Shocks and the Economic Outlook
The U.S. economy has recently been hit by a number of supply shocks, and businesses and consumers have seen oil, food, and materials prices rise as a result. Such shocks typically take several years to play themselves out completely. I apply a downsized version of a macroeconomic forecasting model in use at the Cleveland Fed to project the likely quantitative impact of the shocks on GDP growth and consumer prices.
During the opening months of 2011, the U.S. economy was beset by a number of shocks. In January and early February, unusually strong and widespread winter storms pummelled the country. These brought construction projects to a halt, left necessary parts and materials stranded in warehouses, and disrupted factory production schedules. Further disruptions followed in the wake of the March 11 Japanese earthquake and tsunami, as U.S industries reliant on components imported from Japan, including automotive parts and semiconductors, had to scale back production.
But perhaps the most significant shock has been the political uprisings in the Middle Eastern and North African countries. These tumultuous events drove the price of oil roughly $15 to $20 per barrel higher—a movement that reflects not so much current supply disruptions, but more so the heightened risk to future oil supplies. Sudden spikes in the price of oil occupy a special place in macroeconomic analysis, as really large ones are often followed by slowdowns in economic activity and even recessions. But the run-up in energy prices—along with other industrial commodity prices—has also led to widespread concerns about inflation (figure 1).
Economists refer to such events as “supply shocks” in that they disrupt production activities in one way or another. What are the economic consequences of these shocks, and how might they influence the outlook for U.S. economic growth and consumer price inflation? Macroeconomic theory produces clear qualitative descriptions of an economy’s response to supply shocks, but it is less apt at quantifying these effects. In this Commentary, I briefly outline the economic principles that underlie the effects of supply shocks, and then apply a smaller version of a forecasting model in use at the Federal Reserve Bank of Cleveland to help quantify those effects in the current environment.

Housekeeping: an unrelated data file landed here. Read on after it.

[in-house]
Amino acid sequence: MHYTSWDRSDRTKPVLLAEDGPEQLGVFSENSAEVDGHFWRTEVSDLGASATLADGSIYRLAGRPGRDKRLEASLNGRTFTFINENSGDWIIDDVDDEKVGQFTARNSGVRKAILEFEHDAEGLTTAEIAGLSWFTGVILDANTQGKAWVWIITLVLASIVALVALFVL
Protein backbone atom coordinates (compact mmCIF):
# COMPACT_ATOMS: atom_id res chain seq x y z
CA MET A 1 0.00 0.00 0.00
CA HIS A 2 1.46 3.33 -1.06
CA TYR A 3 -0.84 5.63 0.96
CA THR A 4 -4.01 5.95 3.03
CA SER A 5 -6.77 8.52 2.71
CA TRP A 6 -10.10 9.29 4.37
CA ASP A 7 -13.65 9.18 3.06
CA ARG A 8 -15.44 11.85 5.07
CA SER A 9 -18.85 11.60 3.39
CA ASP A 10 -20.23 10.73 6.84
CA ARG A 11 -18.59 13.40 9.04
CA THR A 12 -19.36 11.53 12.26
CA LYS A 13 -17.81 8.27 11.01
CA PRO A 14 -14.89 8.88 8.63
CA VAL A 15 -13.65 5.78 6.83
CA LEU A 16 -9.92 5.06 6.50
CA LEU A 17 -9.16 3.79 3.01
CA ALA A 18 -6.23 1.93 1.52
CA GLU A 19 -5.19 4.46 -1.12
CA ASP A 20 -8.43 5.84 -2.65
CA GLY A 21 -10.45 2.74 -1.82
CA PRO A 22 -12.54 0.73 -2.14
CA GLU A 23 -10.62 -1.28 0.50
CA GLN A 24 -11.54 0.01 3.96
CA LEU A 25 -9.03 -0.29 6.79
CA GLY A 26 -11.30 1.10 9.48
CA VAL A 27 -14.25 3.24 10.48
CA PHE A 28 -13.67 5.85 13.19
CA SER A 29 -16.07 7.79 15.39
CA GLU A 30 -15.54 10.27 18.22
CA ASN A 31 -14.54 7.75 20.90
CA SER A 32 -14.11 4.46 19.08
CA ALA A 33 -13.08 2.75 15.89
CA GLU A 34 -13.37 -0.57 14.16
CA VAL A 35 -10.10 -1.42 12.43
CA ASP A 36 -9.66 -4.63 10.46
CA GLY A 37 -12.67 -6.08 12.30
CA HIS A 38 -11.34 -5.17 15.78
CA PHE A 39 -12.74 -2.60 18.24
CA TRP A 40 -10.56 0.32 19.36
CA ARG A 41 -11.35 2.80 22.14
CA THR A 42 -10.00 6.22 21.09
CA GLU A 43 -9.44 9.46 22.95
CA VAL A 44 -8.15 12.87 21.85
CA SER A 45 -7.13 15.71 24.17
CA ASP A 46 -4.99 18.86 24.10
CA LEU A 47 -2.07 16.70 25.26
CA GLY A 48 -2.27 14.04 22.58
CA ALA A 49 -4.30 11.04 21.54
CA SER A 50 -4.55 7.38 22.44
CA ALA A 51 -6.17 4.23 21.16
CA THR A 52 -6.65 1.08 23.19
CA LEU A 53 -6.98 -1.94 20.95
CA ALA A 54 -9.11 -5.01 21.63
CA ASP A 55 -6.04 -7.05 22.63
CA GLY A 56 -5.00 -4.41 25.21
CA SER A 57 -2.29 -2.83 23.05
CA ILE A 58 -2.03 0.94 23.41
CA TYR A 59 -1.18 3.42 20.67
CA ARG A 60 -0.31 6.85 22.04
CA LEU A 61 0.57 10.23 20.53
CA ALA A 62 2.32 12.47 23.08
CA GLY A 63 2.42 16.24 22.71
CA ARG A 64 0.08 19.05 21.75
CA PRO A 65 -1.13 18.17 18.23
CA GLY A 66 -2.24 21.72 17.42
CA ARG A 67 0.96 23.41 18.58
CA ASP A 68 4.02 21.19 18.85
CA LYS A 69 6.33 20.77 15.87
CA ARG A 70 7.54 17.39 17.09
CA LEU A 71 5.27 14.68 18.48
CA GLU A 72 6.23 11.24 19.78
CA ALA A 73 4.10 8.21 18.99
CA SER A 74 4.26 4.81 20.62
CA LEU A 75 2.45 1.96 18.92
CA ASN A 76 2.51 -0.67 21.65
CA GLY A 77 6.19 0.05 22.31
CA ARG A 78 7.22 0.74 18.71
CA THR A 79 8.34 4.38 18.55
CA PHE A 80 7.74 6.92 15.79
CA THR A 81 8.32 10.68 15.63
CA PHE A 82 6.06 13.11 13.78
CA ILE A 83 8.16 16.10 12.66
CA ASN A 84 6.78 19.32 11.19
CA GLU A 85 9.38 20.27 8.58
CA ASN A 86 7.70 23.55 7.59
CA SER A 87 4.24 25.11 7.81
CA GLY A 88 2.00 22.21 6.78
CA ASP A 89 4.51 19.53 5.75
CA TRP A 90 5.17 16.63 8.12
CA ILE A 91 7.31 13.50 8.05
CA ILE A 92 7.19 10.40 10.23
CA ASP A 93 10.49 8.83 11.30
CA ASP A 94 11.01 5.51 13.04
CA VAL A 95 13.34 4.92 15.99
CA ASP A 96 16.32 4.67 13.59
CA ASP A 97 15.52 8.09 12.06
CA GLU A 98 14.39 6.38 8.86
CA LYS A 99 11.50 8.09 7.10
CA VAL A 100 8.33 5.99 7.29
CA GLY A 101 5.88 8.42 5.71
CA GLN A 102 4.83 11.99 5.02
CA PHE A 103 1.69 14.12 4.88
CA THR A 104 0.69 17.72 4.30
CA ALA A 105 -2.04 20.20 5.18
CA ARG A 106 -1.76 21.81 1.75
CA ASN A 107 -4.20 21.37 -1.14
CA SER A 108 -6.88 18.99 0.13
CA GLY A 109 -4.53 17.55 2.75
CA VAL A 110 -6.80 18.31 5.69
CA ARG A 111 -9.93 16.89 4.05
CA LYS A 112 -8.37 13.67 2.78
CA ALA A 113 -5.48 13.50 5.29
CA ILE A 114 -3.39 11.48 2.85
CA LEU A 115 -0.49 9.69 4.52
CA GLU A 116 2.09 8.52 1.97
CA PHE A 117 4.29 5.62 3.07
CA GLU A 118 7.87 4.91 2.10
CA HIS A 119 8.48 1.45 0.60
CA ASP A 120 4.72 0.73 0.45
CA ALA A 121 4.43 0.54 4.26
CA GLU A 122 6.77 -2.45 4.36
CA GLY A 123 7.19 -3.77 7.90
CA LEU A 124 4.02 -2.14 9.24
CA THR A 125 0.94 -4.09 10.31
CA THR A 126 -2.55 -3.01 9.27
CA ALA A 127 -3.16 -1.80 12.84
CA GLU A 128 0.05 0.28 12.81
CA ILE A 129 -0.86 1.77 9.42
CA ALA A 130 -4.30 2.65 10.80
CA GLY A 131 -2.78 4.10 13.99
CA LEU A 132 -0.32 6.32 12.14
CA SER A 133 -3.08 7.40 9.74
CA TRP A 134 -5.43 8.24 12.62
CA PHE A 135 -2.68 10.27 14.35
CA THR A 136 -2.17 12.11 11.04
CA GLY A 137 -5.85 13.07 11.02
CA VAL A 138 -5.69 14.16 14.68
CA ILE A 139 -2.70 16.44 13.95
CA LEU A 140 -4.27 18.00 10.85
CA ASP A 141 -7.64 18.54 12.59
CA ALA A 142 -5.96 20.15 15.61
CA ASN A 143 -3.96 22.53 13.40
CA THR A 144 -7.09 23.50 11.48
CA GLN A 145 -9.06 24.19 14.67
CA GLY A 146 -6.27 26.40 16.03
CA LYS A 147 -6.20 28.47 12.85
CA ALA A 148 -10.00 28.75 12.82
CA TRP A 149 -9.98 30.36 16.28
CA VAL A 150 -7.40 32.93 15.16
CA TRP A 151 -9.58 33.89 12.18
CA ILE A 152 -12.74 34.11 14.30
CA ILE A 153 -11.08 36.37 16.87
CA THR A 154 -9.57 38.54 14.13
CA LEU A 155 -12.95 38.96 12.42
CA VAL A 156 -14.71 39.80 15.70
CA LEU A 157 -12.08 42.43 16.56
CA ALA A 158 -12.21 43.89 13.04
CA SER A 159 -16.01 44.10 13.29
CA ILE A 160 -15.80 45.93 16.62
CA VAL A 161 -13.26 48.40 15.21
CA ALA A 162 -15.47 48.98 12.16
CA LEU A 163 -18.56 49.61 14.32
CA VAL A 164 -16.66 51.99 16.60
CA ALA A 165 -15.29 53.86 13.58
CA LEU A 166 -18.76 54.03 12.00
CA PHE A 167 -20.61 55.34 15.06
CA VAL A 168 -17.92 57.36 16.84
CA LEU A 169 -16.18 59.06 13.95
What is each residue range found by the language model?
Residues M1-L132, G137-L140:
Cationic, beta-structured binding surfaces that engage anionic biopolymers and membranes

Output and Inflation Dynamics
To discuss economic dynamics, economists often frame the passage of time in terms of the short, intermediate, and long run. In what follows, the short run is to be understood as one or two quarters after the onset of a temporary shock. It can be thought of as the length of time over which the “impact effect” of the shock is sustained. The intermediate run is the length of time it takes for the shock to play itself out in the economy—typically a period of between two and five years. Beyond the intermediate run, the long run describes the economy after the shock’s effects have been completely played out.
In the long run, the rate at which an economy grows is mainly determined by three factors: the growth rate of the labor force, the rate at which capital equipment and structures are accumulated, and productivity growth. Note that these forces are “real” and not monetary in nature. Long-run inflation, on the other hand, is dominated by monetary considerations and is therefore under the control of the central bank. But in the short and medium run, real and monetary forces jointly influence both growth and inflation.
The course of economic growth and the path of inflation depend to a large extent on the production and pricing behaviors of firms. As a consequence, the modern workhorse theoretical macroeconomic models pay particular attention to incorporating these behaviors.
Like actual businesses, the firms in these models possess some degree of market power or the ability to set a price in excess of production costs. Specifically, the prices they set reflect their marginal cost of production—the real cost of producing an additional unit of output—and a markup over this cost.
Production costs naturally arise from a firm’s purchases of production inputs, including labor services and materials. Consider the example of labor—fundamental to the production of virtually everything. Firms hire workers at market compensation levels. If software engineers are highly sought after and there are not many to be found, then real compensation for these workers will be considerable. The per unit labor cost of a firm naturally depends on the productivity of its employees, too. Relatively productive employees produce more output in a given hour, which spreads out their hourly compensation over more units of output and keeps the real marginal cost of production low.